Consuming a low-residue diet can help decrease bleeding, pain and other symptoms during severe flare-ups. One option to try is a diet, designed to reduce the amount of dietary fiber and residue that goes through your digestive system.
When followed correctly, a low-fiber diet can help reduce your most painful symptoms, such as abdominal cramps and bloating. While a low-residue diet isn’t intended for long-term, it can help heal the bowel during active flare-ups of ulcerative colitis and crohns disease.
Low-Residue Diet: What to Avoid
Dietary fiber is a type of carbohydrate found in plants that cannot be readily digested by the body. Residue is the undigested remains of fiber and food that goes into the stool.
A low-residue diet limits the amount of indigestible or hard-to-digest fiber in the diet to reduce the amount of residue that enters the large intestine.
The goal of a low-residue diet for people with IBD is to limit total fiber consumption to less than 10 to 15 grams of fiber per day. To achieve that, avoid foods that make the bowel work more, like beans and legumes, whole grains, and most raw fruits and vegetables.
Nuts, seeds, dried fruits, and other foods with hulls like corn, also add residue to the stool and should be avoided on a low-residue diet. You’ll also want to skip fatty, spicy and sugary foods.
Low-Residue Diet: What to Eat
Put together low-residue meals from these groups:
Cooked vegetables. You can include spinach, pumpkin, eggplant, skinless potatoes, green beans, wax beans, asparagus, beets, carrots, and yellow squash (without seeds) as long as they are thoroughly cooked or canned. You can also drink juices made from these vegetables. Although most raw vegetables are high in fiber and you want to avoid them, you can enjoy lettuce, cucumbers, onions, and zucchini raw.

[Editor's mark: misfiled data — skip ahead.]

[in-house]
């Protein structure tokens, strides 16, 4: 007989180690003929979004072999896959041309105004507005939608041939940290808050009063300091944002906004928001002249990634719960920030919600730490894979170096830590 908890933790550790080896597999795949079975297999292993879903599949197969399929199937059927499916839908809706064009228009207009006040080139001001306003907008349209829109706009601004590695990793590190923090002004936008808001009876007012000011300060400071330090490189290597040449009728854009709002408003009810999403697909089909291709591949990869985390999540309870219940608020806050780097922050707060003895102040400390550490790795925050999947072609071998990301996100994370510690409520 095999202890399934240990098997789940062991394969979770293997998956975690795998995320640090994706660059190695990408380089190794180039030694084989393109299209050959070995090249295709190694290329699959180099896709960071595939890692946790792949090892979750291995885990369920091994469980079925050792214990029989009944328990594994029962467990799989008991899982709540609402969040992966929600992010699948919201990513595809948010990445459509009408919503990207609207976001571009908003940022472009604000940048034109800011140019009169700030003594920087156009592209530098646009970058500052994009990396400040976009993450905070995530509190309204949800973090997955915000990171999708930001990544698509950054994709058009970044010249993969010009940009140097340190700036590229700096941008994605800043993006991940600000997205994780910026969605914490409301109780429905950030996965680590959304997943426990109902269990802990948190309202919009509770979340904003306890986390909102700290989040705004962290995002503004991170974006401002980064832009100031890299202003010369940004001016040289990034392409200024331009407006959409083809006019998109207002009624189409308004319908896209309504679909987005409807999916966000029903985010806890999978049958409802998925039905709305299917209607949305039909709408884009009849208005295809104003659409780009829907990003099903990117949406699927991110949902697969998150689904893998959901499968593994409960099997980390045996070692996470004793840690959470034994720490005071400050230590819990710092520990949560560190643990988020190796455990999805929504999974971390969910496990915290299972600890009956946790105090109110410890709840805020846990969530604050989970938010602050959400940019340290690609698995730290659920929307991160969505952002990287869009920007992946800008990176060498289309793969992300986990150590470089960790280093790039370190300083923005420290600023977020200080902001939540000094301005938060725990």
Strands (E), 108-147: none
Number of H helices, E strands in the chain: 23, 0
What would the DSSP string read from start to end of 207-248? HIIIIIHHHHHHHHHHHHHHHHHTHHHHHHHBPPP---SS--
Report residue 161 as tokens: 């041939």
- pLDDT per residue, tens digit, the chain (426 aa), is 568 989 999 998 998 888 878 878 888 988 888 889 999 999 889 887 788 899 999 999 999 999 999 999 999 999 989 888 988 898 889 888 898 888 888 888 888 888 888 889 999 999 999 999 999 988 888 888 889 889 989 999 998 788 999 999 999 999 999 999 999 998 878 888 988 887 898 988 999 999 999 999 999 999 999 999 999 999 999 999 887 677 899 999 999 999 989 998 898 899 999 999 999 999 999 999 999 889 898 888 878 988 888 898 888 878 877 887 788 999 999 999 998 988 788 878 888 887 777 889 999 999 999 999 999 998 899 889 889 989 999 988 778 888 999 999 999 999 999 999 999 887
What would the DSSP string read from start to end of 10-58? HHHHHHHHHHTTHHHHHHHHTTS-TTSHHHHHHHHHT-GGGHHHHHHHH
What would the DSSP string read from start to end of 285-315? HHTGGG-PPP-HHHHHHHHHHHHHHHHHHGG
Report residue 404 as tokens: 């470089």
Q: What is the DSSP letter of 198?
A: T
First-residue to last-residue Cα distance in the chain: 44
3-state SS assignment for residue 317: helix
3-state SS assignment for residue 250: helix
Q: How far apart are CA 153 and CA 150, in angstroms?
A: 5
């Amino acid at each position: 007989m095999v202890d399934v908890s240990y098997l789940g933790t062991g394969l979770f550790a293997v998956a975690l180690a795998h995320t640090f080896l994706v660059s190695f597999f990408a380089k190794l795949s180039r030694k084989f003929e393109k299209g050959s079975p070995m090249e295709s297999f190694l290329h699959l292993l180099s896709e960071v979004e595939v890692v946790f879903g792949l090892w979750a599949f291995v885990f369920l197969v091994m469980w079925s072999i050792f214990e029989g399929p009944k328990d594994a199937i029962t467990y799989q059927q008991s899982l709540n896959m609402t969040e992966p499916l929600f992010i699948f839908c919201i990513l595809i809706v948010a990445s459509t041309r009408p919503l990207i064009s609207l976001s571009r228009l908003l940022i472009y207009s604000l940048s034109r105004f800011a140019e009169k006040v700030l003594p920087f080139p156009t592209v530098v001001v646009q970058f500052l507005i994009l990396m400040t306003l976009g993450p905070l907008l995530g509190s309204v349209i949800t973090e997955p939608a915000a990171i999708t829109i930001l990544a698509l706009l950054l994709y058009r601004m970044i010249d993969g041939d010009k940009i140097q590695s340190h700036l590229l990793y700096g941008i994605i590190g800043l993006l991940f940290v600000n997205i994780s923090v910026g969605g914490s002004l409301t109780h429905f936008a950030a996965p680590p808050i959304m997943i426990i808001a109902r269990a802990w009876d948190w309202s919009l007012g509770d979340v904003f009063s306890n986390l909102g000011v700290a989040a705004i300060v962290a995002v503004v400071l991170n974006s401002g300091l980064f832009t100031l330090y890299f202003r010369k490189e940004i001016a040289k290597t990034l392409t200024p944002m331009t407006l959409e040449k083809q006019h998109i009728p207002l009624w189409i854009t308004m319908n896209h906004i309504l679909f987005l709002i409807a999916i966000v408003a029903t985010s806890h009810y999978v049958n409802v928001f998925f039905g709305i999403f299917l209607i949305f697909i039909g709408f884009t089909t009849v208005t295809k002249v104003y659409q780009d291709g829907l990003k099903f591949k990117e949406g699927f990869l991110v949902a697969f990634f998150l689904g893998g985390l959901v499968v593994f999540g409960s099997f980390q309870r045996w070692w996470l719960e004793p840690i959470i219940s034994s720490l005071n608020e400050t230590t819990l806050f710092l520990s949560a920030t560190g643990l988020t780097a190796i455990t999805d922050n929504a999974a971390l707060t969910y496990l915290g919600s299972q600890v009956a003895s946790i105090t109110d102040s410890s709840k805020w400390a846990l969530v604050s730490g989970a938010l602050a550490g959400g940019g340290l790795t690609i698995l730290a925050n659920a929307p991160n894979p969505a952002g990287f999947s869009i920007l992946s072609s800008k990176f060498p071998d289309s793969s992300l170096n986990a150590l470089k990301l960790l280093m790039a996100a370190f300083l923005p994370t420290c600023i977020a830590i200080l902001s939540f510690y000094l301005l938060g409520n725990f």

Refined grains. You can have white bread and dry cereals containing less than one gram of fiber per serving (such as puffed rice, corn flakes, and others) on a low-residue diet.
Very ripe fruits. Apricots, bananas, cantaloupe, honeydew melon, papayas, peaches, plums, watermelon, and nectarines are okay to eat on a low-residue diet. You can include juices without pulp and fruit sauces like applesauce, but avoid all other raw fruits.
Protein. Choose servings of cooked meat, chicken, poultry, fish and eggs. Make sure the meats are tender and not chewy — and remove all residue-producing gristle.
Before starting a low-residue diet, talk to your doctor or registered dietician about whether you may need a supplement to meet all your vitamin and mineral requirements, both while you’re on it and on an everyday basis.
Kale & Swiss Chard Soup (Recipe)
1 large (or 2 small) bunch(es) Swiss or rainbow chard (keep those stems!)
A big few handfuls of kale, de-stemmed, washed and chopped
1 bunch cilantro, chopped with stems
1/2 cup brown rice
1 large carrot, chopped
1 medium size yellow onion, sliced
1 large clove garlic, minced
2-3 tablespoons olive oil
5 cups chicken meat or vegetable stock (homemade is best!)
2 tsp. ground coriander seeds
2 tsp. ground cumin seeds
Heat the olive oil over medium heat in a large soup pot and sweat the onions, carrots and brown rice until soft (about 5 to 7min). In the meantime, chop your chard stems scant 1/2 to 1/4 inch thick and add to the pot.
Using a mortar pestle, grind the cumin and coriander and then add to the veggies. Add the garlic smashing into the vegetable mixture until fragrant.
Lay the kale, chard and cilantro on top and salt generously. Begin to fold the greens into the veggies, cover the pot with a lid and turn the heat down slightly until the greens begin to wilt. Next add your chicken meat and bring the heat back up to a boil, then a gentle simmer until all of the vegetables are tender.
Remove from heat and cool briefly, then pour the soup into your high-speed blender or Vitamix and puree until smooth, rich and creamy. The color should be a nice, deep green.
Bring the soup back to the pot over low heat. I recommend incorporating some toasted baguette or a nice piece of crusty gluten free bread for dipping.